World Events Worth Travelling to in 2010
Some world events are worth attending - and these destinations are all hosting something special this year - something that might make you move them from your must-see list to your must-see-this-year list.
Vancouver's beauty is legendary. The sleek and shiny skyscrapers of down town's commercial district stand in striking contrast to the sea that hugs the neatly golden beaches and the jutting mountains that lie behind - providing a spectacular, natural backdrop to this cosmopolitan setting – and in 2010 it will also be a backdrop to the games of the XXI Winter Olympiad. And Vancouver is going to SHINE on TV, inspiring many viewers to reach for their laptop and start looking up holidays on WR – it does, after all, frequently hover round the top of those lists of the best places to live, and in 2010 it's going to be hosting all the best winter parties.
If you want to come to take advantage of all the new wintersports facilities do, you'll see them all on TV beforehand, but if you're more into watching than doing spend your time exploring the colourful streets of the West End, Gastown, SoMa and Chinatown, where you can find cool character bars, designer boutiques and the rest.
The Way of St. James, the Camino de Santiago, or Pilgrims Walk to Santiago, are all different names for the same ancient pilgrimage walk through Galicia, ending at the Cathedral of Santiago de Compostela, where the remains of St. James the apostle are buried. Traditionally you're supposed to begin a pilgrimage out of your own front door, but there are a few main routes and these days many walkers opt to formally begin at Ponferrada.
There's never really a day year to embark on a pilgrimage, but 2010 is particularly auspicious because the St. James Feast Day, July the 25th, falls on a Sunday, when ideally you'll reach the end of your journey in Santiago where you'll embrace the statue of St. James.
There's camping all along the route, but there's also the same ancient accommodation provisions that have been in place for hundreds of years. For many people this kind of pilgrimage brings them into better touch with themselves through doing something people have been doing in the same way for generations. Even if you're not a believer.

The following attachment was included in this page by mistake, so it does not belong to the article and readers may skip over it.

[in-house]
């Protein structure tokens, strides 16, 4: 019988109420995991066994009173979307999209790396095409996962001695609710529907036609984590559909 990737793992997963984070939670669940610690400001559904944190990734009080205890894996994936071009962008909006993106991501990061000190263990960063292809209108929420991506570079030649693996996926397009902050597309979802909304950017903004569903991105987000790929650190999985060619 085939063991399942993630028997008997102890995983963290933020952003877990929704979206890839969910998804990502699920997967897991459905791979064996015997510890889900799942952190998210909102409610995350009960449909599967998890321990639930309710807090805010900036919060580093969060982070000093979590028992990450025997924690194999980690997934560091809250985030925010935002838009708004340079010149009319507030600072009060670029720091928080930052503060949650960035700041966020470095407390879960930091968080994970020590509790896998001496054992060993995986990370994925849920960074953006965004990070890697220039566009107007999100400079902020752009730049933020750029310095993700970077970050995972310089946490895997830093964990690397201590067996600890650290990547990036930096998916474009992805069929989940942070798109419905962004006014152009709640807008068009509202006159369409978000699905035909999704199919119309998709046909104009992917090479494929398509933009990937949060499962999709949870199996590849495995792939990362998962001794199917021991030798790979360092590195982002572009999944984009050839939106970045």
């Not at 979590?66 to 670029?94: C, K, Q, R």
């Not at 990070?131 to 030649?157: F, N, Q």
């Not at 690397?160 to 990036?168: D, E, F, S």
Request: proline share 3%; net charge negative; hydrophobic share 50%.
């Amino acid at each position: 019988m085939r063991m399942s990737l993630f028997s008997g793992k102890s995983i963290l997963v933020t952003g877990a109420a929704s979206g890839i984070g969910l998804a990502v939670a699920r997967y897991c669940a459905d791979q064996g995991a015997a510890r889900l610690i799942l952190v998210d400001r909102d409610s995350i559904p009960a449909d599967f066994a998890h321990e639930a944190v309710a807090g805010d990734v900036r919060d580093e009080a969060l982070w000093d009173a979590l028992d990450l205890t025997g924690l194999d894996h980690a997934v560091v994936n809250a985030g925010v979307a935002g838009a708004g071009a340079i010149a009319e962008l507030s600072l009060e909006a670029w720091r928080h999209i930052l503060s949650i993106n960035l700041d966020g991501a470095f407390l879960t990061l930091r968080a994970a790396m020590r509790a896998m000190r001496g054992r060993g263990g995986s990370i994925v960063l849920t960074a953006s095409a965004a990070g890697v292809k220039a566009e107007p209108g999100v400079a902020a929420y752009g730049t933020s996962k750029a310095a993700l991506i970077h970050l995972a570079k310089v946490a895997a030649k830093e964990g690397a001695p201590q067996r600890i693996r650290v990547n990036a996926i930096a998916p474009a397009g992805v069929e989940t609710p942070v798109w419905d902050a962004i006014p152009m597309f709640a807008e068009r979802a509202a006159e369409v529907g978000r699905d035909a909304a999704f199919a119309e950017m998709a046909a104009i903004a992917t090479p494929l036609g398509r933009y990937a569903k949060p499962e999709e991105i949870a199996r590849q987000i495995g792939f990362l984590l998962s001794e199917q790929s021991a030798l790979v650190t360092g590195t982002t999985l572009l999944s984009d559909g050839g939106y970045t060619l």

South Africa for the 2010 FIFA World Cup
Since its return to the international world of sporting in 1994, South Africa has hosted a multitude of major international events, from the Rugby World Cup to the Cricket World Cup, proving to be a congenial host, with world-class transport, telecommunications, tourism and sporting infrastructure. And in 2010 it's got what many would consider to be 'The Big One': The FIFA World Cup.
Football fans will enjoy the benefits of multibillion-rand infrastructure projects which include building and renovating ten stadiums, upgrades to the country's airports, and improvements to the country's road and rail network, including getting a new high speed rail link between Johannesburg, Pretoria and Johannesburg Airport up and running. But they'll also potentially enjoy some of South Africa's other varied pleasures as well – there's the rough and rugged African landscape, the gleam of the seaside townships and the option to try your hand at every outdoor pursuit under the sun: from diving with sharks, surfing, to astronomy, as well as all the wild animal and wilderness related experiences you're expecting.
Easter Island for the Total Eclipse of the Sun in the 11th of June
Rapa Nui, or Easter Island, is exotic enough a destination to attract visitors even without the 4minute 39 solar eclipse that will happen above it on the 11th of July 2010. All those stone moai statues standing solemnly upright, up to 10 meters high were mysteriously erected, probably at the expense of the island's inhabitants, as it's thought they had to cut down all the trees in order to move them, and will make a pretty spectacular foreground to a background of the blotted out sun. But it's not just photographers who will be chasing this experience, it's one of those one off opportunities that could tip you over into making a must-see destination a must-see-this-year destination.
Cruise ships will be offering trips that dock in the area if you're too late to book some of the island's limited accommodation.
Delhi for the Commonwealth Games
Delhi's 2010 Games are only the 19th Commonwealth Games, and will be the largest sporting event Delhi has ever hosted. The popular-with-the-viewing-public Opening Ceremony will be held at Jawaharlal Nehru Stadium, and huge attendance is expected, but tickets to some of the less well known and loved events are still available if you fancy seeing some Badminton, Lawn Bowls, Netball or Squash.